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OM in the News: Tesla’s Secret Source of Cash

June 11, 2019

For years, Tesla has hauled in revenue by selling credits to other carmakers that needed to offset sales of polluting vehicles to U.S. consumers. “These sorts of transactions have largely been shrouded in secrecy — until now,” reports Industry Week (June 3, 2019). GM and Fiat Chrysler just disclosed that they reached agreements to buy federal greenhouse gas credits from Tesla.

The deal with GM will come as a surprise to those who thought years of sales of plug-in hybrid Chevrolet Volts and all-electric Chevy Bolts would leave GM in the clear with regard to regulatory compliance. But demand for its battery-powered vehicles will still be dwarfed by its gas-guzzling trucks and SUVs in coming years. Fiat Chrysler disclosed agreements to buy credits from Tesla that were reached in 2016, 2018 and earlier this year. Fiat says that “U.S. standards are getting stricter at a pace that far exceeds the level of consumer demand for electric cars that is required for compliance.”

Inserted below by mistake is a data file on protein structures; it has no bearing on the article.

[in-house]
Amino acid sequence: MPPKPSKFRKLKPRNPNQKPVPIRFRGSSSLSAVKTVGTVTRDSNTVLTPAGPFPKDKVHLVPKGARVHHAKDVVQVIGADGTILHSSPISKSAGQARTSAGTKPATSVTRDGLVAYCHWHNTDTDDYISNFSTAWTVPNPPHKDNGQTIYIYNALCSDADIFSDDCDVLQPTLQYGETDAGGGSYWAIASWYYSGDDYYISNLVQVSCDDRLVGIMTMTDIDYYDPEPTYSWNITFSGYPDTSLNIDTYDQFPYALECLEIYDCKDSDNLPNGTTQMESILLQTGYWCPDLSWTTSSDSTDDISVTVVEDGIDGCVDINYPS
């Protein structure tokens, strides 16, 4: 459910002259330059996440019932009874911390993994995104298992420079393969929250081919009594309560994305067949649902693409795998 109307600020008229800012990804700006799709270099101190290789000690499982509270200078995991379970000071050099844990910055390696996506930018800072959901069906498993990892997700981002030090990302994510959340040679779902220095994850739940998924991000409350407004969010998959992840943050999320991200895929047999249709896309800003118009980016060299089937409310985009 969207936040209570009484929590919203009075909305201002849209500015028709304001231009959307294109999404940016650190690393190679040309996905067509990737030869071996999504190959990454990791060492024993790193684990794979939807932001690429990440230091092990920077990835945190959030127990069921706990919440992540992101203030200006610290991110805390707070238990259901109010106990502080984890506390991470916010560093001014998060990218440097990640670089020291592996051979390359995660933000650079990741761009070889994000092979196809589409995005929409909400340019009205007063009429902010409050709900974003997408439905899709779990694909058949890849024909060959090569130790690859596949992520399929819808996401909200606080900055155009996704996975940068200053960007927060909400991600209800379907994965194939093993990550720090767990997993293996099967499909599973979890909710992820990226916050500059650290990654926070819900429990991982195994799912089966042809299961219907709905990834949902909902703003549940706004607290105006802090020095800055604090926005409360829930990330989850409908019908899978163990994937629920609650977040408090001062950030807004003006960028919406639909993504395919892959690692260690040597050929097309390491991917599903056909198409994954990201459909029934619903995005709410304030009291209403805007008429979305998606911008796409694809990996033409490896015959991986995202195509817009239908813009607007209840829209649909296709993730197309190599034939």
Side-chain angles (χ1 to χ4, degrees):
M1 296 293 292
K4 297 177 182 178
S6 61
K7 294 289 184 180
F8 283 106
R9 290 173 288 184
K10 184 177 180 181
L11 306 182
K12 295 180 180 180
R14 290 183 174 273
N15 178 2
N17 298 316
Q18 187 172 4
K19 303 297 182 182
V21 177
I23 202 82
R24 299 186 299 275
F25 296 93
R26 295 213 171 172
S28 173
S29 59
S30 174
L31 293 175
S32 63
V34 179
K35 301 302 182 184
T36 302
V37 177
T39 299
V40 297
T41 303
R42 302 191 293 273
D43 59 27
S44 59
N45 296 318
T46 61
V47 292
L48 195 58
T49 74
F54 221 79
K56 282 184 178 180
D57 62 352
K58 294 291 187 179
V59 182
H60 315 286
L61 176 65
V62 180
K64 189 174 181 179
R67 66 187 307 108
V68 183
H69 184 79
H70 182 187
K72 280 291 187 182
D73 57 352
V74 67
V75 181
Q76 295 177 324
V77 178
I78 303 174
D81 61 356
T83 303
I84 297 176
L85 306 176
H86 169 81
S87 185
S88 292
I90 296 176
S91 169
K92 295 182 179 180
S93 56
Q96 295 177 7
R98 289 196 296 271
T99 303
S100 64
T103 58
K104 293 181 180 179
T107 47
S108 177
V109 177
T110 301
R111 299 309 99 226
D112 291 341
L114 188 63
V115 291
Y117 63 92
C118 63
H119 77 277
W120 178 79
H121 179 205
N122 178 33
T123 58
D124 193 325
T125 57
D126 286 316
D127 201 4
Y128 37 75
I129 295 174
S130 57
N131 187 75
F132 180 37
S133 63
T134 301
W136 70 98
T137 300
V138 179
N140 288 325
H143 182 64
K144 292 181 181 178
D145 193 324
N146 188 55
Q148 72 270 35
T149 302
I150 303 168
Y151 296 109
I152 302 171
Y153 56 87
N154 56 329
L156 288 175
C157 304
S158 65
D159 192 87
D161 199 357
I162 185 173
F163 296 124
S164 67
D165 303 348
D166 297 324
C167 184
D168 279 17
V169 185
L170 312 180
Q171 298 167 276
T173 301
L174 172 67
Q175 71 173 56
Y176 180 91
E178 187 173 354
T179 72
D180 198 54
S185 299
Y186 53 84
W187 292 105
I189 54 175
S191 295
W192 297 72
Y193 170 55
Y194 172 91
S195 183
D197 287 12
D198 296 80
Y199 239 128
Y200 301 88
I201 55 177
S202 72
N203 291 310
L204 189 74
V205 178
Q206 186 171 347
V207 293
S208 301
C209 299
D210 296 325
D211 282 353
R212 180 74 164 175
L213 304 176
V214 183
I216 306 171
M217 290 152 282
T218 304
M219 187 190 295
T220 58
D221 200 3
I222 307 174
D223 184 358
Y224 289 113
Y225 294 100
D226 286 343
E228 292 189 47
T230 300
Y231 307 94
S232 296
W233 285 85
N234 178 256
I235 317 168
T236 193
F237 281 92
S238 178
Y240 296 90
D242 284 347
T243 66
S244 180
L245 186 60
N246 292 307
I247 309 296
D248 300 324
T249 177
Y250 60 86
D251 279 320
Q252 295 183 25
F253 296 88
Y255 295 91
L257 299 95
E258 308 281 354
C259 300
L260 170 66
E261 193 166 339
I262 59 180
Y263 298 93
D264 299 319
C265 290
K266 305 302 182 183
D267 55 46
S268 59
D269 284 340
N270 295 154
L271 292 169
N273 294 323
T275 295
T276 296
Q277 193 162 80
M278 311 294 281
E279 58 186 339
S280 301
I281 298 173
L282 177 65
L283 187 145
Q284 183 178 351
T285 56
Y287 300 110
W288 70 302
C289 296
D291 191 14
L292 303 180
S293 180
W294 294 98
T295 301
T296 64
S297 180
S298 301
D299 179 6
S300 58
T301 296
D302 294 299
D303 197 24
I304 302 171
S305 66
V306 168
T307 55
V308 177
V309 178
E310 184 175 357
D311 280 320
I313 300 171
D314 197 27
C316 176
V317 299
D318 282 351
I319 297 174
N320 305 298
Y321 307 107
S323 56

Tesla has generated almost $2 billion in revenue from selling regulatory credits since 2010. Its home state of California has a mandate that requires carmakers to sell zero-emission vehicles in proportion to their share of the state’s auto market, which is the largest in the country. If manufacturers don’t sell enough non-polluting vehicles, they have to purchase credits from competitors like Tesla to make up the difference.

GM’s credit purchases illustrate how challenging the U.S. fuel efficiency requirements are getting, even for automakers that are adding more zero-emission vehicles to their lineup. While all automakers complied with U.S. rules in model year 2017, most large manufacturers cashed in credits to get there.

Classroom discussion questions:

  1. The cost of purchasing greenhouse gas credits is a direct cost to those purchasing standard internal combustion engine cars. Is this a fair cost to those customers?
  2.  Tesla’s owners also purchase less gasoline per mile traveled and therefore pay fewer taxes to maintain roadways. Should this disparity be addressed?

 

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